Hydrogen Rainbow

Unveiling the Spectrum of Hydrogen Types and their Respective Sustainability Impacts


The quest for sustainable energy solutions has sparked interest in the various hues of hydrogen. Each represents a different production method and corresponding environmental impact. Here, we highlight the different types of hydrogen classified by color, including grey, blue, pink, and green. A nuanced examination of their sustainability impacts reveals the potential of green hydrogen as the most advantageous solution in the ongoing quest for a cleaner and greener energy landscape.

Grey (or gray) Hydrogen:

Primarily derived from steam methane reforming (SMR) using natural gas, grey hydrogen is the conventional method of hydrogen production. Unfortunately, its environmental footprint is significant, with carbon dioxide released as a by-product during the production process. Despite its economic viability, the high carbon intensity of grey hydrogen raises environmental concerns, making it a less favorable option in sustainability contexts.

Blue Hydrogen:

In response to the environmental challenges posed by grey hydrogen, blue hydrogen incorporates carbon capture and storage (CCS) technologies. This process reduces the environmental impact of hydrogen production by capturing and storing carbon emissions. While blue hydrogen is a significant improvement over grey hydrogen, it still faces challenges related to the cost and scalability of CCS technologies. In addition, the percentage of carbon capture can vary depending on the source and the carbon density of the flue gas, requiring careful consideration of its long-term sustainability.

Pink Hydrogen:

Pink hydrogen uses nuclear energy to power the electrolysis process without releasing carbon dioxide. While the technology holds promise for reducing the carbon footprint associated with hydrogen production, challenges such as public perception, nuclear safety, and waste management require careful consideration. Further research and development is essential to assess the scalability, economic viability, and safety aspects of pink hydrogen produced with nuclear energy before we can truly consider this a sustainable way to produce hydrogen.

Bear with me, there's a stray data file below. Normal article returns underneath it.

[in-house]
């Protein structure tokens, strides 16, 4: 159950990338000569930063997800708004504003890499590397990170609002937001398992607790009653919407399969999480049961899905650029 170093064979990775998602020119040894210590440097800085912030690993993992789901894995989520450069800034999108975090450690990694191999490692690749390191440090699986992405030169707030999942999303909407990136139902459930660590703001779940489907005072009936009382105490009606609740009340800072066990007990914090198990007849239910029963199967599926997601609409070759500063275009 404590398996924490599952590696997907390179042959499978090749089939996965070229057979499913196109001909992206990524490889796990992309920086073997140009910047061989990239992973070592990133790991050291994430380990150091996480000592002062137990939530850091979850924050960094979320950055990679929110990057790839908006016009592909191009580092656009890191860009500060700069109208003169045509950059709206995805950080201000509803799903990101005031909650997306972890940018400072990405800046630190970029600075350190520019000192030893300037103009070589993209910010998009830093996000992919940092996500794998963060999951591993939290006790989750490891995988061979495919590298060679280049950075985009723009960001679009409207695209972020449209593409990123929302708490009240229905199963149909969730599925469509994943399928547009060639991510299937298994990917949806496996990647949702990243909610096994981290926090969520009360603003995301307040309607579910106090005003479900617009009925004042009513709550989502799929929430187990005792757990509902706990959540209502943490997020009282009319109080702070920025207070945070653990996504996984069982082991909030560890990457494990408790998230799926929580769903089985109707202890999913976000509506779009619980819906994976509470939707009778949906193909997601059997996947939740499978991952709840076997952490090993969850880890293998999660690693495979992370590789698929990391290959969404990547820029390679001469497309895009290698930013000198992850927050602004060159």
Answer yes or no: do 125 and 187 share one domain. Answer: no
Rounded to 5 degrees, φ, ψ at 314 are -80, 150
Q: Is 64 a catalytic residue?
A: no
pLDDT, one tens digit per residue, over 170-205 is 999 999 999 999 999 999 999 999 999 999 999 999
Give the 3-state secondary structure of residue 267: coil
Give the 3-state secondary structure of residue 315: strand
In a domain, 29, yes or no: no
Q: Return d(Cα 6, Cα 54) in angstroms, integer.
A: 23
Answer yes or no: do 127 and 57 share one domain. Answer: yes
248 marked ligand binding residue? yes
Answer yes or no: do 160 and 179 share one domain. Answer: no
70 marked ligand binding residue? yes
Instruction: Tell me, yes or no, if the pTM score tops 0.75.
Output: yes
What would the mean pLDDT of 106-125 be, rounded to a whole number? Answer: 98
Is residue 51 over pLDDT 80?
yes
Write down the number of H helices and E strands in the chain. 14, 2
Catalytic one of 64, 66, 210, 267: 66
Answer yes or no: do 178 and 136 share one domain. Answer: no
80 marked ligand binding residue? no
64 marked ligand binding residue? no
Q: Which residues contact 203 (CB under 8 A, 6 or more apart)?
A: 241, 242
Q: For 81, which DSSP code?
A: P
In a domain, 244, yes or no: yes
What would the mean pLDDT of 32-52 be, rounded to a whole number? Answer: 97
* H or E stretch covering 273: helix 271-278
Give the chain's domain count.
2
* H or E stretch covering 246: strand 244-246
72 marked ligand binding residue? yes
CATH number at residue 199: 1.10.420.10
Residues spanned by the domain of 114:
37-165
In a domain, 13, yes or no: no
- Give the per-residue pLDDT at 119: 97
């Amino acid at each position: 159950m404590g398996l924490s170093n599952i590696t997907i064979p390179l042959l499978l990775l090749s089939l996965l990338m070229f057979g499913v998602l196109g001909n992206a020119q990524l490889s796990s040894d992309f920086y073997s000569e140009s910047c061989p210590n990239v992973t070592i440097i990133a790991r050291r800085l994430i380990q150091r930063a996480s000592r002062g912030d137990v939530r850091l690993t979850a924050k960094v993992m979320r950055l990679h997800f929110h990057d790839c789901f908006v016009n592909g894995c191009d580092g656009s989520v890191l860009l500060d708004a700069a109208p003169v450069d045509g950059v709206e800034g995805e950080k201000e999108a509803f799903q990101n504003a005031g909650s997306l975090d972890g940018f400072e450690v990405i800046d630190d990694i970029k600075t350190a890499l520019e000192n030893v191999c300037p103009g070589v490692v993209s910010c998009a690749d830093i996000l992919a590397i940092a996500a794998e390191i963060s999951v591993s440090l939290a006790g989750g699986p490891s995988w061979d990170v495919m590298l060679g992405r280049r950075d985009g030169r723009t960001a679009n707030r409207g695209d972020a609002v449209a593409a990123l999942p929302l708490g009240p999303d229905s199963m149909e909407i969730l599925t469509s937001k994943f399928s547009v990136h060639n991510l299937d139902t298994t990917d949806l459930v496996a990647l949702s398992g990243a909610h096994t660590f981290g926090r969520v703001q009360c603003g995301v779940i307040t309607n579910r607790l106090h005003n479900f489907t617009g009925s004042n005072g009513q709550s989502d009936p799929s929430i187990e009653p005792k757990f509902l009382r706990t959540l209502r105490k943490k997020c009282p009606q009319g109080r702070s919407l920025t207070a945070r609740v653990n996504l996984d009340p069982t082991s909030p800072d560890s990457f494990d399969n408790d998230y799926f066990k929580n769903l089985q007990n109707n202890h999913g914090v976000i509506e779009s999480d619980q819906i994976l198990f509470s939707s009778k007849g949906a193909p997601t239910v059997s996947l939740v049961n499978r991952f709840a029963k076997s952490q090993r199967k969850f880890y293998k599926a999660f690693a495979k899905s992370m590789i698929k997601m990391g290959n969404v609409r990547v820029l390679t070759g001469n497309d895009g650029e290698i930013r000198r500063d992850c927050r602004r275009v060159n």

Green Hydrogen:

The frontrunner in sustainable hydrogen production is green hydrogen, which is derived from electrolysis powered by renewable energy sources such as wind, water, or solar. The electrolysis process cleanly separates hydrogen from water, leaving no carbon footprint and making it a zero-emission fuel. Green hydrogen holds great promise for the decarbonization of industry, transportation and power generation, and aligns seamlessly with global efforts to combat climate change.

Comparative Sustainability Impact:

The analysis of the environmental impacts of grey, blue, pink, and green hydrogen underscores the importance of considering the full life cycle of each production method. Green hydrogen has the most favorable sustainability impact among the types analyzed, due to its zero-emission profile and potential for widespread use. The transition to green hydrogen represents a critical step towards achieving global sustainability goals and advancing the collective goal of a carbon-neutral future.


The diverse spectrum of hydrogen types presents a diverse landscape of opportunities for sustainable energy solutions. While grey, blue and pink hydrogen each offer incremental improvements in environmental impact, we believe it is green hydrogen that emerges as the most advantageous solution. As advances in technology, supportive policies, and global collaboration continue to unfold, the emergence of green hydrogen as a transformative force in the energy transition becomes increasingly clear, propelling us toward a cleaner and more sustainable future.